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The K7RA Solar Update

02/06/2015

Solar activity rose over the last week, with average daily sunspot numbers rising from 89.1 to 139 in the seven days ending February 4.

Average daily solar flux rose from 136.8 to 151.1. This is the second week in a row with higher sunspot numbers and solar flux than the previous week. Predicted average solar flux for the next 7 days, February 5-11 is 141.

Twice over the past week the daily solar flux was adjusted downward, due to overloading of the receiver at Penticton, the Canadian observatory which provides those readings. On January 29 the reading was 171.8, which was lowered to an estimated 165, and again on February 4 when 154.4 was lowered to 145.

A new sunspot appeared on January 29, two more on February 2, and another one on February 4.

At 0211 UTC on February 2, the Australian Space Forecast Centre issued a geomagnetic disturbance warning in an e-mail.

Here is what they wrote: “High solar wind speeds coupled with significant southward pointing of the interplanetary magnetic field are causing active to minor storm levels of geomagnetic activity across the Australian region. Mostly active conditions are expected over the next 2-3 days but further active to minor Storm periods are possible. Note that this supersedes earlier forecasts of unsettled to active conditions.”

They said that increased geomagnetic activity was expected due to a high speed solar wind from a coronal hole. They predicted unsettled to minor storm conditions on February 1, unsettled to active conditions with possible minor storm periods on February 2, and unsettled to active conditions on February 3.

And what were conditions like on February 2-3?  On February 2-3 the planetary A index was 27 and 17, and on the same dates the high-latitude college A index readings were 44 and 28. Alaska and northern Canada operators will tell you that HF conditions are pretty rotten when the A index gets to 44, with extreme absorption of HF signals.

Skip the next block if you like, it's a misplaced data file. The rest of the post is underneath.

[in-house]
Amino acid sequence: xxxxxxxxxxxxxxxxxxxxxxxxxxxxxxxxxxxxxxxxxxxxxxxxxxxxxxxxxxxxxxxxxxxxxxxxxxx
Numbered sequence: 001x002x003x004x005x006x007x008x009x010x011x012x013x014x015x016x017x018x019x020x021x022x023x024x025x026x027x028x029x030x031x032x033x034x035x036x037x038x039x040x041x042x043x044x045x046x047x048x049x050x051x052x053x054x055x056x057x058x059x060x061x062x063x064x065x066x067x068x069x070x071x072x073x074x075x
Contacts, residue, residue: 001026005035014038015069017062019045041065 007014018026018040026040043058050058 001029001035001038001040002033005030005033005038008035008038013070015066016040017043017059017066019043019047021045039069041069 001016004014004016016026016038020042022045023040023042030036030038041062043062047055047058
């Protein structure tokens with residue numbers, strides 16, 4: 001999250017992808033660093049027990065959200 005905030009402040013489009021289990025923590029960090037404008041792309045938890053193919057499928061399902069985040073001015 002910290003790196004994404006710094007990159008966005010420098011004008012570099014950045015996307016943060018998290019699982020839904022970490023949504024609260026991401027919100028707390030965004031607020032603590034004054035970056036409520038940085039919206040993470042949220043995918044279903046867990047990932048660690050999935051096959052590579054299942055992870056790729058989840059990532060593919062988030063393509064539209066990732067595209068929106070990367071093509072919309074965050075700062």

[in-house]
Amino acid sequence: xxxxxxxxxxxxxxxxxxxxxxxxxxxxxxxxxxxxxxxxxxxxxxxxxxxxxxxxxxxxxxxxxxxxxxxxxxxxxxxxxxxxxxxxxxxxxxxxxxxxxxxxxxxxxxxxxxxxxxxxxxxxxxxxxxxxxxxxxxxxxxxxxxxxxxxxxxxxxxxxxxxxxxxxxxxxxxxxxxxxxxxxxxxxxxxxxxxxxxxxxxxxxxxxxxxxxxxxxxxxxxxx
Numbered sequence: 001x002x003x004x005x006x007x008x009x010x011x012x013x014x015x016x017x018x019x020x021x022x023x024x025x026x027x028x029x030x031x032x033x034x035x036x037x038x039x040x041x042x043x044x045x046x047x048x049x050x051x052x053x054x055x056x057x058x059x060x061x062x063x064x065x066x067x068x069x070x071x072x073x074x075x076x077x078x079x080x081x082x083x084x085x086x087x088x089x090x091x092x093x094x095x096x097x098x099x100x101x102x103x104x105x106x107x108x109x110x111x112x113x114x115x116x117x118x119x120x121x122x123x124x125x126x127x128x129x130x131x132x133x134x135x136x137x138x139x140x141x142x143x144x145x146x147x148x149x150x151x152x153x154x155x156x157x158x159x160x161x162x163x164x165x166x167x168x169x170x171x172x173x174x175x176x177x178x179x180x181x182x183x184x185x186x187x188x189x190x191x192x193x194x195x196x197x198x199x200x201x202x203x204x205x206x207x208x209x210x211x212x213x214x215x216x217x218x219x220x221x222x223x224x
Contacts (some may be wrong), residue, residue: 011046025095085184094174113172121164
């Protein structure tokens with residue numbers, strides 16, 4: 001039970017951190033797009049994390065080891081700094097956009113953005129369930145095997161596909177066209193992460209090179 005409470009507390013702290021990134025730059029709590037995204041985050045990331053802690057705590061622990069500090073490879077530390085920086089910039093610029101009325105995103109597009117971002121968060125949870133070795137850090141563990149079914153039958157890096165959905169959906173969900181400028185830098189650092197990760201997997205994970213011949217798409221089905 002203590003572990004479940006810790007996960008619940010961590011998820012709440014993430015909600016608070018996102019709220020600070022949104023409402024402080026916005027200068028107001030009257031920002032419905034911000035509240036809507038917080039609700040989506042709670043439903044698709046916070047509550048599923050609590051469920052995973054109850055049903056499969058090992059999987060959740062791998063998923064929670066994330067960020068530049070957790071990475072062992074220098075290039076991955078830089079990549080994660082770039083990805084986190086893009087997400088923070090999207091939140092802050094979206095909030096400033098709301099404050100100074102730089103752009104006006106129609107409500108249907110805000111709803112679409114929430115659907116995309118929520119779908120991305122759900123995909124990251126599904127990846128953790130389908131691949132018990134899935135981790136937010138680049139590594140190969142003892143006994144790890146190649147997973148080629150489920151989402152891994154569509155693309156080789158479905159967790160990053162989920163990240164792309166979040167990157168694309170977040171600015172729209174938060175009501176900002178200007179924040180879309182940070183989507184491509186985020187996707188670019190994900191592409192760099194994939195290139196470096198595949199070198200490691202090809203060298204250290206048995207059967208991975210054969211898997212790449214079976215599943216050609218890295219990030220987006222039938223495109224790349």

The average daily sunspot number for January was 101.3. Looking at our recent 3-month moving averages of sunspot numbers, you can see the second larger peak of cycle 24 early last year, when the moving averages centered on January, February and March were 138.5, 146.4 and 148.2. Averages centered on April through December 2014 were 129.6, 118.4, 112.8, 109.2, 115.6, 108.4, 107, 104.7, and 107.8.

In order to calculate the three month average centered on December 2014 we needed sunspot data from all of January 2015, as that period averages all sunspot numbers from November 1 through January 31. We can calculate the three-month average for January at the end of February.

Predicted solar flux for the near term is 140 on February 6-7, 145 on February 8-9, then 140, 135 and 130 on February 10-12, 125 on February 13-16, then 120, 115 and 120 on February 17-19, 125 on February 20-21, and 120 on February 22-23. Flux values then reach a high of 135 on February 26-28, and dip down to 115 on March 17.

Predicted planetary A index is 10 on February 6-7, 8 on February 8-11, 6 on February 12, 5 on February 13-14, 12 on February 15, 10 on February 16-18, 8 on February 19, and 5 on February 20-23.